Reid Travis: ‘That play is not what beat us’
Three takeaways from Kentucky’s last-second and controversial 73-71 loss to LSU on Tuesday night at Rupp Arena:
1. Time to review what’s reviewable
By now, you know what happened. With the game tied at 71-71 after UK’s Keldon Johnson made two free throws with exactly six seconds remaining, LSU rushed the ball up the floor with junior guard Skylar Mays taking the ball all the way to the basket. Mays missed, but teammate Kavell Bigby-Williams appeared to tip the ball inside the cylinder for what the officials ruled to be the winning basket at the buzzer.
Then there was a review at the monitor. But instead of reviewing whether offensive goaltending had occurred, head official Joe Lindsay was reviewing whether the tip beat the clock. It did. And the goaltend is a judgment call that cannot be reviewed. At least for now.
“Remember we lost in the (2015) Final Four when there was a goal(tend), a shot clock violation,” said UK Coach John Calipari, referring back to the then-undefeated Cats’ loss to Wisconsin in the national semifinal when a goaltend appeared to have been missed on a possession that ended up as a turnover for a shot clock violation. “They said it was not reviewable and then they changed the rule to say, ‘Why would you want to lose a game on a shot clock violation and it’s easy to go check?’
“Well this one (is) easy to go check. Just go check it. Why would you not — why should that not be reviewable? So we’re like Wilt Chamberlain; we change the rules. I don’t know.”
(For our younger readers, Wilt Chamberlain was a great 7-foot scorer in the 1950s and ‘60s that caused several rule changes when some thought his size gave him too much of an advantage.)
Calipari was quick to say, controversial end or not, LSU deserved to win. And PJ Washington, who led the Cats with 20 points, said UK should have never put itself in that position. Breakdowns over the final minutes cost the Cats, said Washington. (More on that later.)
But perhaps the final play Tuesday will spark a debate similar to the one in the NFC Championship Game when what appeared to be obvious pass interference by Los Angeles Rams’ defensive back Nickell Robey-Coleman against New Orleans Saints’ receiver Tommylee Lewis went uncalled in what was ultimately the Rams’ overtime victory.
Since then, there has been a push to make such judgment calls subject to instant replay reviews. Maybe the same thing will happen with Tuesday night’s play.
2. The glass was indeed the difference
Hey, I got one right. That doesn’t normally happen. For Monday’s column, I wrote that the winner of this particular Kentucky-LSU battle would come down with team rebounds the best, especially on the offensive glass. After all, UK entered the game with the nation’s fourth-best offensive rebound percentage (38.3) while LSU ranked ninth (37.3) in that same category.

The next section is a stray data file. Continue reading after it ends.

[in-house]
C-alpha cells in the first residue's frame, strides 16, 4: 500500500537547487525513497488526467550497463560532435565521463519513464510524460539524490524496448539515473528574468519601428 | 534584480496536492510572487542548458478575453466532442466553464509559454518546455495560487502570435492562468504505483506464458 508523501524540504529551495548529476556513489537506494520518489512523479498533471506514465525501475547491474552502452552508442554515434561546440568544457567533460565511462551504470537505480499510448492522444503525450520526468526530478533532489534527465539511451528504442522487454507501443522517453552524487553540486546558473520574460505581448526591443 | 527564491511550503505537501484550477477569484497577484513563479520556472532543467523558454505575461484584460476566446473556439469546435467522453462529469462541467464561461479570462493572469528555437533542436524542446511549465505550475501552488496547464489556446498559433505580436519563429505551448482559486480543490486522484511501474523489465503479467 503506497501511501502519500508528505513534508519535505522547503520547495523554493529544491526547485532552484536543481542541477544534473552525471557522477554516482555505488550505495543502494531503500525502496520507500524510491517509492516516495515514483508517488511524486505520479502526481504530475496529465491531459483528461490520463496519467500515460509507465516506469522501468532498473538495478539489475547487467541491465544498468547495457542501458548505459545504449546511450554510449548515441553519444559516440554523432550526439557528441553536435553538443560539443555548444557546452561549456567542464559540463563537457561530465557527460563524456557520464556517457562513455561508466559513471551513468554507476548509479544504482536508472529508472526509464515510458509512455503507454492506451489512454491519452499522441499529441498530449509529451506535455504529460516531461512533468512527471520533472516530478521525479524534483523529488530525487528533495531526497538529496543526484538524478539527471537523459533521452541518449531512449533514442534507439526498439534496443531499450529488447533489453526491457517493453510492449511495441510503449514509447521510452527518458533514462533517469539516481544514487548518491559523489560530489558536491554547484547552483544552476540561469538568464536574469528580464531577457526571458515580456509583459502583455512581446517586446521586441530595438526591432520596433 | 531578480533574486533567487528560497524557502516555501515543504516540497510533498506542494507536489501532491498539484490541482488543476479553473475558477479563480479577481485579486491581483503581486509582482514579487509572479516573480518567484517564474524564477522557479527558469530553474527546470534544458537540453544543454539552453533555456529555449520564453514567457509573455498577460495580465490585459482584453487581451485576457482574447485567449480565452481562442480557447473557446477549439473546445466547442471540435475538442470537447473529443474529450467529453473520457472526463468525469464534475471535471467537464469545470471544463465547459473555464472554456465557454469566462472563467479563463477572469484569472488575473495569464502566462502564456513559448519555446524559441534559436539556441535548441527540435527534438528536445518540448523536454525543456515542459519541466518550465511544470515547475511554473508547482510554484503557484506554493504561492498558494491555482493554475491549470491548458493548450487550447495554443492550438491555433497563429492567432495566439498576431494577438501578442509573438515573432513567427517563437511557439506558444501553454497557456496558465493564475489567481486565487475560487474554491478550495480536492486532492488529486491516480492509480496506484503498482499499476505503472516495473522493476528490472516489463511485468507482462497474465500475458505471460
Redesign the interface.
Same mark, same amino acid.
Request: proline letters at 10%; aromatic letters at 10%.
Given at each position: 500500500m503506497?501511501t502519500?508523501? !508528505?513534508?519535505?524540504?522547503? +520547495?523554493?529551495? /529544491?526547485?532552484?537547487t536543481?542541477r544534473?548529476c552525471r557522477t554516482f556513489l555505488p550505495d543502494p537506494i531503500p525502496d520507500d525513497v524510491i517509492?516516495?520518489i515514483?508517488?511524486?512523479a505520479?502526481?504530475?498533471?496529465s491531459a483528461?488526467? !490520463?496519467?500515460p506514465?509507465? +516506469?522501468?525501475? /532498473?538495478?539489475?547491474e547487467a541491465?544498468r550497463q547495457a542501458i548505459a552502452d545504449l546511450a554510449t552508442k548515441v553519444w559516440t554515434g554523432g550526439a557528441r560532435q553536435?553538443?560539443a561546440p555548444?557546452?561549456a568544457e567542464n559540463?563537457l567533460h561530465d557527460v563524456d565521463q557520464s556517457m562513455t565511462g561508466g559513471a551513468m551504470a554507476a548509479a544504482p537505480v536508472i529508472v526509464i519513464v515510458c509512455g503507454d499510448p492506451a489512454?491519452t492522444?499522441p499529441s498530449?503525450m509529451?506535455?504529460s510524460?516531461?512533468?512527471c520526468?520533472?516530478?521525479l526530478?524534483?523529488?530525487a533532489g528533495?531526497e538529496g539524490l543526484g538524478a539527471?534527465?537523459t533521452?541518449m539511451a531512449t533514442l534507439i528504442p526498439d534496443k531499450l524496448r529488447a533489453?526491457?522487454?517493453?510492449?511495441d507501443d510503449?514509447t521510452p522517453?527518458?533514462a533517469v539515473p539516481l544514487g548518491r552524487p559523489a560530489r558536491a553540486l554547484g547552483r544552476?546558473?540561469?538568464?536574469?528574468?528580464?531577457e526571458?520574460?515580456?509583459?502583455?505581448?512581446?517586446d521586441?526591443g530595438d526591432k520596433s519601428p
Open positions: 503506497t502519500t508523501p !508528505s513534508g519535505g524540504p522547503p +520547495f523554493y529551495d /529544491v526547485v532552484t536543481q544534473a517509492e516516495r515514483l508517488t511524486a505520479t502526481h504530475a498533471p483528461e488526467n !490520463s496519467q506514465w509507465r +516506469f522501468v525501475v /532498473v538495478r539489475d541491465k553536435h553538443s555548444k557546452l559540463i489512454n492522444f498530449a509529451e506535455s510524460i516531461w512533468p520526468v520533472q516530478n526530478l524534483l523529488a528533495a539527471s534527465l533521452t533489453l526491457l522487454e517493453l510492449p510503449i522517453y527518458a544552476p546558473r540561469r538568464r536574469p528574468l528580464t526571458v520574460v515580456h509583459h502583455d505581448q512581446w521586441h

In the first half Tuesday, Kentucky outrebounded the visitors 23-14. Score at halftime: UK led 40-32. Second half, LSU outrebounded Kentucky 18-16. Second half score: LSU 41, Kentucky 31. And indeed the biggest difference was the offensive glass.
Remember, in its 83-78 win over visiting Auburn last Saturday, Will Wade’s club dominated Bruce Pearl’s team 29-1 in second-chance points. First half Tuesday, LSU did not score a single second-chance point against the Cats. (UK had eight second-chance points). In the second half, the Tigers scored 12 second-chance points — including that controversial final tip-in — compared to nine for Kentucky.
Besides Bigby-Williams’ final basket, one particular LSU second-chance basket stood out. Up 67-64 with about 2:20 remaining, Mays missed a three-pointer. Teammate Javonte Smart hustled to keep the ball alive. It ended up in the hands of Naz Reid, who scored a quick basket to extend the Tigers’ lead to 69-64 with 2:13 remaining.
“They’re a really good team and they played well,” said Washington of LSU. “We allowed them to get offensive rebounds. We felt like that was the biggest thing coming into this game, not to let them get offensive rebounds. The last five minutes, that’s all they were doing. We felt like that’s on us.”
3. Tuesday takes just a little of the shine off Saturday
Kentucky-Tennessee at Rupp Arena on Saturday is still a huge game. The Vols are still the No. 1-ranked team in the nation. Despite the loss, UK is still ranked No. 5. That won’t change until Monday’s new poll. Tennessee takes a 10-0 SEC record into its game Wednesday night against South Carolina. UK is now 9-2 in the league.
But this is not a two-team conference. LSU made that statement on Tuesday. The Tigers are now 20-4 overall and 10-1 in the SEC. Their lone conference loss was by one point at home to Arkansas. A team that has fallen behind in several games and found a way to win, Wade’s club fought back from a nine-point deficit early in the second half to get the victory against the No. 5 team in the nation on its home floor.
I don’t think Kentucky got caught looking ahead, nor do I think the loss diminishes UK’s standing all that much. LSU is a well-coached, athletic team that will cause match-up problems for plenty of clubs come March. Good point guard play, good foul shooting — Tremont Waters was 8-of-8 from the line on the way to 15 points as LSU went 19-of-22 from the foul line — will win you a lot of games.
But if Kentucky has any chance of getting back in the hunt for a No. 1 seed, the Cats have to beat Tennessee on Saturday at 8 p.m. on ESPN. Tuesday’s loss makes Saturday’s matchup even more important in that regard.
Someone asked Washington if UK will be a (mad) team on Saturday?
“I know it will,” he said. “We felt like we should have won that game and we didn’t make the plays to win that game at the end of the game. We’re looking to bounce back Saturday.”
Kentucky basketball 2018-19